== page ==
(Para 16)


However, the challenge of it being compliant with TRIPS was held not maintainable since the proper authority to settle this matter would be the WTO dispute settlement panel.


Additionally, as obiter dicta, the Court tried to define the scope of the term “efficacy” and took the aid of a medical dictionary to conclude that “efficacy” would mean “therapeutic efficacy”. This scope of “efficacy” was unclear as to whether bio-availabilty would count as therapeutic efficacy, since bio-availability might mean that a dosage of a certain medicine with side effects is reduced to a smaller dosage with no side-effects, thus making it therapeutically effective. The question was to whether bio-availabity would make the beta-crystalline form therapeutically efficacious was to be decided by the IPAB.


Before the IPAB:

In 2009, when the appeal challenging the grounds on which IPO rejected the application was heard before IPAB, IPAB held that though the claim covering the beta crystalline version of Imatinib Mesylate is both novel and inventive, it failed the test under section 3(d), which requires a demonstration of "significantly enhanced efficacy".


To this, Novartis showed that the beta-crystalline form of imatinib mesylate showed enhancement due to its 30% bio-availabity; however, this evidence was rejected by the IPAB which iterated that the evidence did not conclude the enhancement sought under Section 3(d). It stated that section 3(d) is a heightened inventive step standard and that the only kind of efficacy that would satisfy section 3(d) is therapeutic efficacy. It said that Novartis's beta-crystalline version may possess improved bioavailability, thermodynamic stability, improved flow properties and lower hygroscopicity, but this does not amount to an increase in "therapeutic efficacy". The IPAB did not provide detailed reasons as to why it thought the beta-crystalline form lacked efficacy.



Appeal to Supreme Court: Novartis, in 2009, appealed to the Supreme Court against this decision of IPAB. The case is still being heard before the Supreme Court, the next date of hearing being 28 February 2012.


The case is being closely watched as it is speculated that the Court would define the true scope of Section 3(d) amidst other matters.

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Thursday, November 24, 2011

Design Patent in India

"Design" may be obtained to the features of shape, configuration, pattern, ornament, or composition of lines or colours applied to any article. It can be in two or three dimensional, or in both forms by any industrial means or process. It can be manual or mechanical or chemical; separate or combined; but the finished article appeal must be judged solely by the eye, for example- Jewellery, Computer icon, etc. Design does not include any mode or principle of construction. To qualify for a design patent, the subject must be new in the sense that no single, identical design exists in the prior art. It must satisfy the ornamental standards, and it must be original to the inventor/inventors seeking protection. It must not be on the basis of any previously existing design or combination of designs when viewed through the eyes of a designer skilled in the art. It must be issued for an article comprised in the prescribed classes of articles under design law. When your product design gives you a commercial advantage, you should protect your design by filing of design patent.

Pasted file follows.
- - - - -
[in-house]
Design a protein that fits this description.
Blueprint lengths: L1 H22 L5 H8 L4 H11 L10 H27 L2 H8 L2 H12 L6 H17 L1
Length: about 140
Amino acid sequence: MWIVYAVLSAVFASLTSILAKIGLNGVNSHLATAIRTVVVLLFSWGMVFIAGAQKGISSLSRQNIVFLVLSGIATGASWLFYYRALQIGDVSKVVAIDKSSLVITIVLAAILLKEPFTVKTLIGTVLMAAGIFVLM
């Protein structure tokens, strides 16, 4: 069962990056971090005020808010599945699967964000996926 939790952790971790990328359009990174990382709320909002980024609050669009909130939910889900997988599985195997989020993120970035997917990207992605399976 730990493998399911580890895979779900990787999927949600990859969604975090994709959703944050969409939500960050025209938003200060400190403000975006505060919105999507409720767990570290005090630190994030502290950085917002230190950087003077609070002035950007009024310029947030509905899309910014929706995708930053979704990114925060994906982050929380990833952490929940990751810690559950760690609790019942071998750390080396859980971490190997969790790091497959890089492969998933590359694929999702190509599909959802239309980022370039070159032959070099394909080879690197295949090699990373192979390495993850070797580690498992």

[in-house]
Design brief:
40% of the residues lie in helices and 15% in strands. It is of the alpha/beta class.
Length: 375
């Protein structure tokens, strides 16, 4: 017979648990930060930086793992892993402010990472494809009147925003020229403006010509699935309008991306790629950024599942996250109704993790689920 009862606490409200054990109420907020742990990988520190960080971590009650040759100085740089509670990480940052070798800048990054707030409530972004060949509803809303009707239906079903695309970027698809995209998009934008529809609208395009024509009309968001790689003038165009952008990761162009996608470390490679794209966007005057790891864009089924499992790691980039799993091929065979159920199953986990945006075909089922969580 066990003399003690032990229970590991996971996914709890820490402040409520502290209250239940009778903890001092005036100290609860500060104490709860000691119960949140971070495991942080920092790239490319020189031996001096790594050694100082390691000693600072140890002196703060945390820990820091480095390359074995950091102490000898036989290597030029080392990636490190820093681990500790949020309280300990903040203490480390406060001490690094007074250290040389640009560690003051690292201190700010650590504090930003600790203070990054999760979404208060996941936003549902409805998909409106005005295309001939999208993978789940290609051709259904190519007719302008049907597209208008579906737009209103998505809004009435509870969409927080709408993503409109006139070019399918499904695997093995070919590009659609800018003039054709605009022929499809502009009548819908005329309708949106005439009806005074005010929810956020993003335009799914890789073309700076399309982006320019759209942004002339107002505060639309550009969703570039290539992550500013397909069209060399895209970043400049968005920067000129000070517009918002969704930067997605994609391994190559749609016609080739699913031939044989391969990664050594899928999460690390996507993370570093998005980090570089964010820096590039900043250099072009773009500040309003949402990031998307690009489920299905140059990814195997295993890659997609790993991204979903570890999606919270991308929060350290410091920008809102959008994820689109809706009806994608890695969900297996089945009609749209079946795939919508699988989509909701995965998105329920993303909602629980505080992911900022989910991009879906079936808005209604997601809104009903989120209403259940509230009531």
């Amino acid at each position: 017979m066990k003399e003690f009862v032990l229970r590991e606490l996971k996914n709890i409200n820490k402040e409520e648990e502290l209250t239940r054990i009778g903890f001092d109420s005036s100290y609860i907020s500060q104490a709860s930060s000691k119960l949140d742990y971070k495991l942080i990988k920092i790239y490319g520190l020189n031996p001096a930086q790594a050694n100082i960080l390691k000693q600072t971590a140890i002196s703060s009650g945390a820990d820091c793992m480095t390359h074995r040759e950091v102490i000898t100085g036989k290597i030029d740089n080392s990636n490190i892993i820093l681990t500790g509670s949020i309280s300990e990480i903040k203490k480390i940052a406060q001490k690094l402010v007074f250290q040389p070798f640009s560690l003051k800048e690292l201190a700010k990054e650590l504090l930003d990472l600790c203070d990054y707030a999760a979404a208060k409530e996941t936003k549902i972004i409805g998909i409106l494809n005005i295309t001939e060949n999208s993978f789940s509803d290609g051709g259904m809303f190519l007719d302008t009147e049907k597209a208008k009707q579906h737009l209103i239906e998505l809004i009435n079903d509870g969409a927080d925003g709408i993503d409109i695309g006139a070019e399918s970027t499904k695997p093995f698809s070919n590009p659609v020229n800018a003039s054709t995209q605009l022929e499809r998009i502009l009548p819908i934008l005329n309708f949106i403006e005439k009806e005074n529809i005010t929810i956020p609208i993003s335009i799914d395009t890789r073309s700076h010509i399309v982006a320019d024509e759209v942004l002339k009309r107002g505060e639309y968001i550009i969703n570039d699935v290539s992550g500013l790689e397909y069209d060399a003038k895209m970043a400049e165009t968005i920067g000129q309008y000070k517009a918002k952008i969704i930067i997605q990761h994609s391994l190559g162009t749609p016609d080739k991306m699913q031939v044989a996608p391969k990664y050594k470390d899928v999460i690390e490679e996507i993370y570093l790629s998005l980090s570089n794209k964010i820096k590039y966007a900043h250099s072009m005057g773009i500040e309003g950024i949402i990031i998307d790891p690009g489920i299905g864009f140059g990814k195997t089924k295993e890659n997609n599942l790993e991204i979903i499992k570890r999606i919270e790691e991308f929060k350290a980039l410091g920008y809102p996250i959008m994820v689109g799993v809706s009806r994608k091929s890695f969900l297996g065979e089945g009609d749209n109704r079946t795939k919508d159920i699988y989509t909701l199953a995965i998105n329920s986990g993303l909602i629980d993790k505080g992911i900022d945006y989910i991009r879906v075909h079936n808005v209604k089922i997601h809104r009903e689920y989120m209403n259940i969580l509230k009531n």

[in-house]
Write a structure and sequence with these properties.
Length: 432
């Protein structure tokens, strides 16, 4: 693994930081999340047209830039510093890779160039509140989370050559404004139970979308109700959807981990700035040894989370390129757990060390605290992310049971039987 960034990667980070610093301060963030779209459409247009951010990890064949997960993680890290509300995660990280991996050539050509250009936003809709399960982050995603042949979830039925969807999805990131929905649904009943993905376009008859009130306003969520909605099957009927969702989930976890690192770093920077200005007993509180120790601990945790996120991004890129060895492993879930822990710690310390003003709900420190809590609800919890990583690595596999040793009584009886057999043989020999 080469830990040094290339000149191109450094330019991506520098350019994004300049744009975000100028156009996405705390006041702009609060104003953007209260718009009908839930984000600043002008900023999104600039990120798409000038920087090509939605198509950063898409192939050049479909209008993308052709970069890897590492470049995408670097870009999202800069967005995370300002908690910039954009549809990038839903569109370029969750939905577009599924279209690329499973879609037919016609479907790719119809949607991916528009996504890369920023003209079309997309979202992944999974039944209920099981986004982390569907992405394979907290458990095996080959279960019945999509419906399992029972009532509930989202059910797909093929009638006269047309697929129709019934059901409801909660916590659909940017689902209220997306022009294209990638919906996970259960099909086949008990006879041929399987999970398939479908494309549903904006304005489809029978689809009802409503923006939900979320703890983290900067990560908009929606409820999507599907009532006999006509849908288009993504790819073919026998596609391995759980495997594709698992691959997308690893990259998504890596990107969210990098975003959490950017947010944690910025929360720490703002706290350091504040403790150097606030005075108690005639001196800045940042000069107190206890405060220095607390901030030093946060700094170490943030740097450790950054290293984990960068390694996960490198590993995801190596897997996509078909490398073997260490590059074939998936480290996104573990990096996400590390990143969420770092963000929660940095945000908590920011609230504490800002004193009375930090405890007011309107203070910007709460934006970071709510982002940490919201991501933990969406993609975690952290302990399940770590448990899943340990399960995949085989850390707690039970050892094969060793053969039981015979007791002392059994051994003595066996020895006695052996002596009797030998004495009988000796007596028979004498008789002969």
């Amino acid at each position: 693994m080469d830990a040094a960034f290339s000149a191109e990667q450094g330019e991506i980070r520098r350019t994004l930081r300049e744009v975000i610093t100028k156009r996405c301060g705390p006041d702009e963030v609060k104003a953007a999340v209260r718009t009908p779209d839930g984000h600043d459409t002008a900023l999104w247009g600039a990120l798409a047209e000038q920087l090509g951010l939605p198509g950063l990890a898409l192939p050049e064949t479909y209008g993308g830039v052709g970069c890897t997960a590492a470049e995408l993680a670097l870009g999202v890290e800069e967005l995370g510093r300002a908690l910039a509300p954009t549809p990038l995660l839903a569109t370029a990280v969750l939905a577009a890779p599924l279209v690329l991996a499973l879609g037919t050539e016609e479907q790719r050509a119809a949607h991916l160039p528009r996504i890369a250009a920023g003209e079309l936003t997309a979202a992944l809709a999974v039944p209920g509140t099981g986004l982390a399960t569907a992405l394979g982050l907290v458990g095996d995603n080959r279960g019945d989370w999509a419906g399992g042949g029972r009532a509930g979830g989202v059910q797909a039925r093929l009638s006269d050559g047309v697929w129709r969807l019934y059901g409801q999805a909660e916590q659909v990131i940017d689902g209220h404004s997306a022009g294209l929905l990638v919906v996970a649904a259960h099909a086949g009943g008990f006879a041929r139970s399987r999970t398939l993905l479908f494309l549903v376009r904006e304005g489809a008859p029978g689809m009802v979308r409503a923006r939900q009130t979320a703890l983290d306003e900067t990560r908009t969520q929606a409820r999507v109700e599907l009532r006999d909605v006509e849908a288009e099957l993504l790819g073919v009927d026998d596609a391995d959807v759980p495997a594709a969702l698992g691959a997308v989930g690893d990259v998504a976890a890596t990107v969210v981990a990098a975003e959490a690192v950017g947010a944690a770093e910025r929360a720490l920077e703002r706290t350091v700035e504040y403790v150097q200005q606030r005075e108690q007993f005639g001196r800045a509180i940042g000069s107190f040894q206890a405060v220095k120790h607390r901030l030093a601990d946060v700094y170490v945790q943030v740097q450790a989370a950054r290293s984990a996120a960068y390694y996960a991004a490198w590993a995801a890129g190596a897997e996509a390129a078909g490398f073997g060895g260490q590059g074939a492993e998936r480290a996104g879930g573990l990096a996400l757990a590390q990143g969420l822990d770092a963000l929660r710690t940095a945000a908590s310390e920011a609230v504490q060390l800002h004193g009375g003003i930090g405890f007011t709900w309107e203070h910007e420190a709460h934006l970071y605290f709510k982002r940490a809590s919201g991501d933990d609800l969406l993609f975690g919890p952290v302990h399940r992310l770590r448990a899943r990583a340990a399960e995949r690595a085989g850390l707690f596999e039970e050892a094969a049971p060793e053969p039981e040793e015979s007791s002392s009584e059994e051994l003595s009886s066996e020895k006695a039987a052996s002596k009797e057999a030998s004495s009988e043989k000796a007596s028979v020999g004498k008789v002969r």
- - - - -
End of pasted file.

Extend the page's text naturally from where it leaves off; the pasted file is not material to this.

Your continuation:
Salient features of design patent in India are as follows:
  1. When a design is registered, the registered proprietor of the registered design has copyright in the design for duration of ten years from the date of registration. It can be extended for another five years from the expiration of the original period of ten years in a prescribed manner
  2. Piracy of registered design is illegal by any person during the existence of copyright, only license or written consent of the registered proprietor allows doing anything with the registered design.
  3. A registered proprietor can sue to bring a suit for the recovery of damages for any contravention of imitation of a registered design.
  4. A registered proprietor can do assignments and transmissions of a registered design and the details of the same is entered in the book of register of design for record.
  5. Where a person becomes entitled by assignments, transmission or other operation of law to the copyright in a registered design, he may make application in the prescribed form to the Controller of Design to register his title,
  6. The exhibition of a design, or of any article to which a design is applied, does not prevent the design from being registered or invalidate the registration, provided, the exhibitor give previous notice to the controller of design in a prescribed manner. Such application for registration is made within six months from the date of first exhibiting the design or article or publishing a description of the design.
  7. The provisions of the Patents Act, 1970 with regard to certificates of the validity of a patent, and to the remedy applies in the same manner in case of a registered design as in the case of patents.

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Wednesday, November 9, 2011

How to file a patent in Indian Patent Office